Mary Biggs was holed up inside SFMOMA’s Koret Education Center on September 9, the day a spate of wildfires turned Bay Area skies orange. Yet rather than stare out the window, as she was tempted to do, the program associate turned her attention to the tables in front of her: there were 3,000 art kits to finish for the San Francisco Unified School District.
For Biggs, the project’s looming deadline was a welcome distraction, and it was also an important trial balloon for her department. The Education staff (and museum and the world) had broadly pivoted to online experiences following the pandemic, but the art kits offered a rare opportunity to provide something analog and tangible — something to offset growing digital fatigue. Assembled by hand, each kit included basic material — construction paper, pencils, glue – along with instructions to create self-portraits inspired by Frida Kahlo, collages inspired by Romare Bearden, or cool-toned landscapes inspired by Georgia O’Keeffe. The Education team hoped they’d be welcomed by San Francisco students grappling with remote learning, cabin fever, and uncertainty about the future.
“This is our way to reach children at a time when field trips to the museum aren’t possible,” Biggs said that day. “Even though it is tedious work, and it does take time, it’s actually giving them something in hand. I’ll keep making them for as long as someone wants them.”
Want them, they did. The trial balloon quickly became one of the museum’s most popular offerings. February marked the completion of almost 9,000 kits, reaching approximately the same number of elementary students who visit the museum on guided tours each year. Julie Charles, the Deborah and Kenneth Novack Director of Education, spearheaded the effort, with crucial help from colleagues including Biggs, Rachel Barron, Petrina de Chalus, Tamara Porras, Amy Lange, Kaeleigh Thorp, Stella Lochman, and Claire Bradley. Every 3rd–5th grade student in 41 district schools received the kits, including 13 “PITCH” schools — those where students of color experience the widest opportunity gaps. Along with SFUSD, the San Francisco Department of Children, Youth and their Families picked up a couple thousand kits, as did the San Francisco Public Library for its Bookmobile sites.
“Many of our families struggle with internet access and capabilities,” said Samuel Bass, director of SFUSD’s Arts Department. “The hard copies ensure our most underserved students have the art supplies they need at home, so our amazing visual art teachers can continue the standards-based art curriculum that our students need so desperately.”
Charles said the kits’ success is a reminder of how important it is to continue crafting offline experiences for the community, even during the pandemic; highly produced virtual events that generate headlines and accolades shouldn’t replace quieter, hands-on work. The idea for the kits, she said, originated from conversations she had with administrators, educators, and parents, who needed a way to get supplies to students who’d typically be sharing in a classroom. “The kits seemed like an opportunity to ensure that students have the supplies they need, not only for arts instruction but for other subject area projects as well,” said Charles.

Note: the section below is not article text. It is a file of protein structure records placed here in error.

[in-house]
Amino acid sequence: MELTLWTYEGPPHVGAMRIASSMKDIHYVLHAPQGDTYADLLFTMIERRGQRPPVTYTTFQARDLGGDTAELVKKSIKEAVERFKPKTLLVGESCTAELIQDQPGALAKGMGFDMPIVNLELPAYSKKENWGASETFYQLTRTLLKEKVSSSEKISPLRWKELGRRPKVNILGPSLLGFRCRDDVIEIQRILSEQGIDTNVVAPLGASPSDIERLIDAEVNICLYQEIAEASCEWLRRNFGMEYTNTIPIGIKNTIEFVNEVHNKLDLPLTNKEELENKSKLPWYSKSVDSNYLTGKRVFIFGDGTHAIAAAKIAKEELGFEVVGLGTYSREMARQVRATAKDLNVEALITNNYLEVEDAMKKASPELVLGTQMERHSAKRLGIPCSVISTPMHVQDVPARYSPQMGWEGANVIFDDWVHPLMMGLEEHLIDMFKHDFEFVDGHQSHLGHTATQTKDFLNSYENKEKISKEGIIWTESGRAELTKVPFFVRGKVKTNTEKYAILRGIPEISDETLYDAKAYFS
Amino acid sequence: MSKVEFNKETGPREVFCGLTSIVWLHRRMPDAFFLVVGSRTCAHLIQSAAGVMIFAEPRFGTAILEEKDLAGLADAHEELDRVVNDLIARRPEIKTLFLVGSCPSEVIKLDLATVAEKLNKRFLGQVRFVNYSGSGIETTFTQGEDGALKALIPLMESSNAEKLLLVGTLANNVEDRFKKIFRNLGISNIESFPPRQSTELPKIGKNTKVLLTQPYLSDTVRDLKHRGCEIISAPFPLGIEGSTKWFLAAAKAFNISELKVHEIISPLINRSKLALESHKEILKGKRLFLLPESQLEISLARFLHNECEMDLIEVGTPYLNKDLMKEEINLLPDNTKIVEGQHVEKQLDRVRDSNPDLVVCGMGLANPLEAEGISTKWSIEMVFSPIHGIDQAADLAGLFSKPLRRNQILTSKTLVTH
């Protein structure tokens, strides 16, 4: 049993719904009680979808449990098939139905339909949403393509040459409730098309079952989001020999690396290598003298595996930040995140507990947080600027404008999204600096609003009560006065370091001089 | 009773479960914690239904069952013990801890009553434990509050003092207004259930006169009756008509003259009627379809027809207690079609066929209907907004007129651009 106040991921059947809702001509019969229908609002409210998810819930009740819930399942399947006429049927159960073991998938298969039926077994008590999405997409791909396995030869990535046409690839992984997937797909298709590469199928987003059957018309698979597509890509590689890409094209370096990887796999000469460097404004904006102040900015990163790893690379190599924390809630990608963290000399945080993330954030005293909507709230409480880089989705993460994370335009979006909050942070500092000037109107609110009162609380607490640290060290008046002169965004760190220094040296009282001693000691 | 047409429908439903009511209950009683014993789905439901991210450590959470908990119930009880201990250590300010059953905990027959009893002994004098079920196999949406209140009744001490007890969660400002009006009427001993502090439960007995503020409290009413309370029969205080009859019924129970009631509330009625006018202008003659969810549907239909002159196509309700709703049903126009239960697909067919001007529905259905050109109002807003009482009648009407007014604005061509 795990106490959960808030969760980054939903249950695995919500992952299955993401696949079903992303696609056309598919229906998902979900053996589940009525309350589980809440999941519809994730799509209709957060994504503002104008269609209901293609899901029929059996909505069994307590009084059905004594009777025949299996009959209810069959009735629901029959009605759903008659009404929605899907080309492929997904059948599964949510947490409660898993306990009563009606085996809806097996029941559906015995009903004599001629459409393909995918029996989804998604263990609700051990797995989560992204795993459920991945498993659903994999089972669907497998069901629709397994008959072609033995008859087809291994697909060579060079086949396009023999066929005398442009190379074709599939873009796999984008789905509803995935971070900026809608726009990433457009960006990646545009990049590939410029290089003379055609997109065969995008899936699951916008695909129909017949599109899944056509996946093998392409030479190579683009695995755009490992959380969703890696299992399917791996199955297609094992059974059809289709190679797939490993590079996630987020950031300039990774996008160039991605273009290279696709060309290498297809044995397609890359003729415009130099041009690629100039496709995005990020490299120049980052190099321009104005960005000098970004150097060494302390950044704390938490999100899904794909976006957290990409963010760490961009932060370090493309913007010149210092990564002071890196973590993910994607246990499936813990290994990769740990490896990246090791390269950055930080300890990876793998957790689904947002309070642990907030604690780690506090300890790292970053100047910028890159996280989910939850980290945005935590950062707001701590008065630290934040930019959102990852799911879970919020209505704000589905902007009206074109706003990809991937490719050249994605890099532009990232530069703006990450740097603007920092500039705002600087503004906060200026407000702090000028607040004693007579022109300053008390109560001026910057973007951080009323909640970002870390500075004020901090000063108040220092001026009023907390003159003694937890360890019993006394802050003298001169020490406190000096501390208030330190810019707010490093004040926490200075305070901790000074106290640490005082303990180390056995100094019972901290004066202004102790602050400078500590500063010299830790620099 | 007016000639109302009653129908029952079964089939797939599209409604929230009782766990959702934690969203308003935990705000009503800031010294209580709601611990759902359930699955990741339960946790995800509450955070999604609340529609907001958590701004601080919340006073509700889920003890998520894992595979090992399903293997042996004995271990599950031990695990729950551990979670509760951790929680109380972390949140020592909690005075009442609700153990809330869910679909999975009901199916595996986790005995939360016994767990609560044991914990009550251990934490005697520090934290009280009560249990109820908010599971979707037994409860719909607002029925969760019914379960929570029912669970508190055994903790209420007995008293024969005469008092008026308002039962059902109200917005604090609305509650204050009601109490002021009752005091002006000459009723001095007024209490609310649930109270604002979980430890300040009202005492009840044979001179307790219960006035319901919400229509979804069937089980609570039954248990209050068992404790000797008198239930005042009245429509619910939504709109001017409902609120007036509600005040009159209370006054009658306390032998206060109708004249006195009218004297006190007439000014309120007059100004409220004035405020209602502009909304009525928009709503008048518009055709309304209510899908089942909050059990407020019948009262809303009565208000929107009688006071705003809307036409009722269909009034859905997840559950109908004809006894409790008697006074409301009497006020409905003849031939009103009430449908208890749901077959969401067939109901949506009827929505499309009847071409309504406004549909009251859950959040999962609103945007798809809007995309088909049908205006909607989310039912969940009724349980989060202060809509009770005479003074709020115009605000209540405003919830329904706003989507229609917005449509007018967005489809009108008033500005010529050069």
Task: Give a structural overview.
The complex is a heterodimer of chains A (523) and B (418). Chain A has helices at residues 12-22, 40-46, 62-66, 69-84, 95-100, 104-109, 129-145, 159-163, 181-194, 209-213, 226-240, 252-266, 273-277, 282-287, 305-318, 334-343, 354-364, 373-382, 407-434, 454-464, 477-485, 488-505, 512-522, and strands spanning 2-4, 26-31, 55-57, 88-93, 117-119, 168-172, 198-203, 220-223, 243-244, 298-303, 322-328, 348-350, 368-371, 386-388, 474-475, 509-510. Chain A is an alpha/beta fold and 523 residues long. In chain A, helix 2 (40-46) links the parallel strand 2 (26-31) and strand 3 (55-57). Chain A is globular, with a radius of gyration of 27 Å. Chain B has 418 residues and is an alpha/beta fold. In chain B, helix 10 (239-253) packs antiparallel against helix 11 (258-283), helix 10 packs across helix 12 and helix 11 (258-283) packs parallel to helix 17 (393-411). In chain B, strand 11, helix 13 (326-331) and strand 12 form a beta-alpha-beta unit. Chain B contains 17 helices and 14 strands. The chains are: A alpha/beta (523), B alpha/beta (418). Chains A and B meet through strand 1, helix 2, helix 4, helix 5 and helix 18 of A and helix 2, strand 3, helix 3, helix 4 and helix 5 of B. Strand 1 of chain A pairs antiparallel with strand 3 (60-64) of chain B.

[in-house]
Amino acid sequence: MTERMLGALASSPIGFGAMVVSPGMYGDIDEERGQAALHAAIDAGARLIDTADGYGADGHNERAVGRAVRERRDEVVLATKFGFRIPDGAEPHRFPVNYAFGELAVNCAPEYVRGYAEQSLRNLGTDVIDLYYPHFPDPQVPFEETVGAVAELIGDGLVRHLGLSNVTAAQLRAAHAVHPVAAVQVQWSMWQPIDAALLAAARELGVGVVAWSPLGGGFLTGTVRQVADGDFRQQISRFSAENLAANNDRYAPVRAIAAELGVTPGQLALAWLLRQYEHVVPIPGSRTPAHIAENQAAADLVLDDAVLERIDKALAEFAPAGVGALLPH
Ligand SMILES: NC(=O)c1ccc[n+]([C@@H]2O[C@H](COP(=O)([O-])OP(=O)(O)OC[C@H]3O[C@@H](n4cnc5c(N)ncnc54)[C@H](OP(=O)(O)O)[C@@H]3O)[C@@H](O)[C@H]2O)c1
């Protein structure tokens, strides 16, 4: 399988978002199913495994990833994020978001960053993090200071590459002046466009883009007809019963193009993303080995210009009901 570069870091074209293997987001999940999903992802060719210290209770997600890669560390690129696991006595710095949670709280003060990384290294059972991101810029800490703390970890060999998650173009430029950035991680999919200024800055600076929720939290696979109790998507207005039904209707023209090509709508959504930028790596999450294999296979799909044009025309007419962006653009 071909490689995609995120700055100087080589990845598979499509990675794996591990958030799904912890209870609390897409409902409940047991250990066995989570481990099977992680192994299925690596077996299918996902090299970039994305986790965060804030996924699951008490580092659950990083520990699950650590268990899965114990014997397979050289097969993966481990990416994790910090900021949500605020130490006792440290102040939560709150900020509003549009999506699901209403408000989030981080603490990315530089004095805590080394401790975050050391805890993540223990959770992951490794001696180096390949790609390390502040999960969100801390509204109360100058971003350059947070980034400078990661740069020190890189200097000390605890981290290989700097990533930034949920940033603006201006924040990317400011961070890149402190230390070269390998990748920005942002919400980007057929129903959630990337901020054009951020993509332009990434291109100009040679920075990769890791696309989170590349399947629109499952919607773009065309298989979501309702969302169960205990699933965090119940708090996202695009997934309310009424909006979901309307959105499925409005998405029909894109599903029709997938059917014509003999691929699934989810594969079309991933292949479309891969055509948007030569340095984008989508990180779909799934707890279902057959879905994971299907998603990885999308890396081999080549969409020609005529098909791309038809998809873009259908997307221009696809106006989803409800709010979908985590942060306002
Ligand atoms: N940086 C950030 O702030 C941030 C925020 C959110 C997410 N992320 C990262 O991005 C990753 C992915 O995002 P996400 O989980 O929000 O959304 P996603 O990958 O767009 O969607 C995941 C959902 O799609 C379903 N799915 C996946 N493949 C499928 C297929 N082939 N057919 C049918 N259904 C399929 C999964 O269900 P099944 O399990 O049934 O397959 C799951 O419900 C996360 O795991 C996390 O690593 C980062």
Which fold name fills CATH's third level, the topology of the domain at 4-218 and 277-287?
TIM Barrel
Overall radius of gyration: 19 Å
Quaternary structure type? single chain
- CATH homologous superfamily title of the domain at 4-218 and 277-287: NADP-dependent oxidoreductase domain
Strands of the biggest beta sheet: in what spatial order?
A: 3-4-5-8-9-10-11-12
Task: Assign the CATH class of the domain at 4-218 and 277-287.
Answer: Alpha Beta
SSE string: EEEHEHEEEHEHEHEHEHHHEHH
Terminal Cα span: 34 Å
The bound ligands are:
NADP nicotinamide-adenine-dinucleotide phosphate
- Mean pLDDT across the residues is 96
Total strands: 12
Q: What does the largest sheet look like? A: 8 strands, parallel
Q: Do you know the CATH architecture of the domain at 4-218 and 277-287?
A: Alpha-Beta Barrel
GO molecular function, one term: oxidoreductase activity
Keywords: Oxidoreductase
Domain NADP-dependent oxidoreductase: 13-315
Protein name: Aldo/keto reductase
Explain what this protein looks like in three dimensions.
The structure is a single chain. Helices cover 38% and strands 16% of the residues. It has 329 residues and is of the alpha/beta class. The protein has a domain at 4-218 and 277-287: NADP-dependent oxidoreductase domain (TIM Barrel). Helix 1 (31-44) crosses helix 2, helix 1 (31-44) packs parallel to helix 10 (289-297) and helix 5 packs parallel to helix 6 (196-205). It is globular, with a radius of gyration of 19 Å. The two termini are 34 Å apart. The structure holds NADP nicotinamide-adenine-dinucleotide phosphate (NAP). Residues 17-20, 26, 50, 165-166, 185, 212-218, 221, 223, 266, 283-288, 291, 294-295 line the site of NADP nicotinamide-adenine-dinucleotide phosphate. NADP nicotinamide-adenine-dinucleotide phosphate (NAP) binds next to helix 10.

Though the kits have been a focus, the Education team did make the decision to parallel track analog and digital early in the pandemic. When Charles and her team weren’t working in socially distanced corners, bundling construction paper, instructions, and pencils, they were adapting a trove of on-site activities to the digital realm. The art kits’ core components — an artwork guide and step-by-step instructions — are available for download, along with scores of other materials added to the site post-closure. Those proved popular, too. In the first three months of shelter-in-place, art activities were the most-searched resource on the site, earning an average of 380 percent more page visits.
The team also developed a few highly produced events, like the ongoing Teacher Workshops and the monthly Second Sunday series with the San Francisco Library, where art kits come back into play: the series’ animated videos focus on the art projects included in the kits, so students have visual aids if they need help completing them. “It all works together,” Charles noted. “Finding the right balance between in-museum and in-class or at-home learning experiences will be at the center of how we think about SFMOMA’s educational offerings ahead.”
And, though assembling nearly 9,000 kits into individual bags may not sound like stimulating work, colleagues found sheer joy and excitement in seeing one another. One new hire saw coworkers in person for the first time, while longtime friends enjoyed a socially distanced reunion. “When I saw one of my colleagues, whom I’ve worked with for 15 years, we stood on either side of the glass wall in the Education Center and gave each other a high-five,” Charles said.
Biggs, too, described kit production as something she looked forward to on gloomy days — and even that alarming orange one.
“It’s so nice to be with other people — even with masks and six feet apart and all that — doing something that we know will reach the students,” she said. “I can’t tell you how much I enjoy it…I would do it again in a heartbeat.”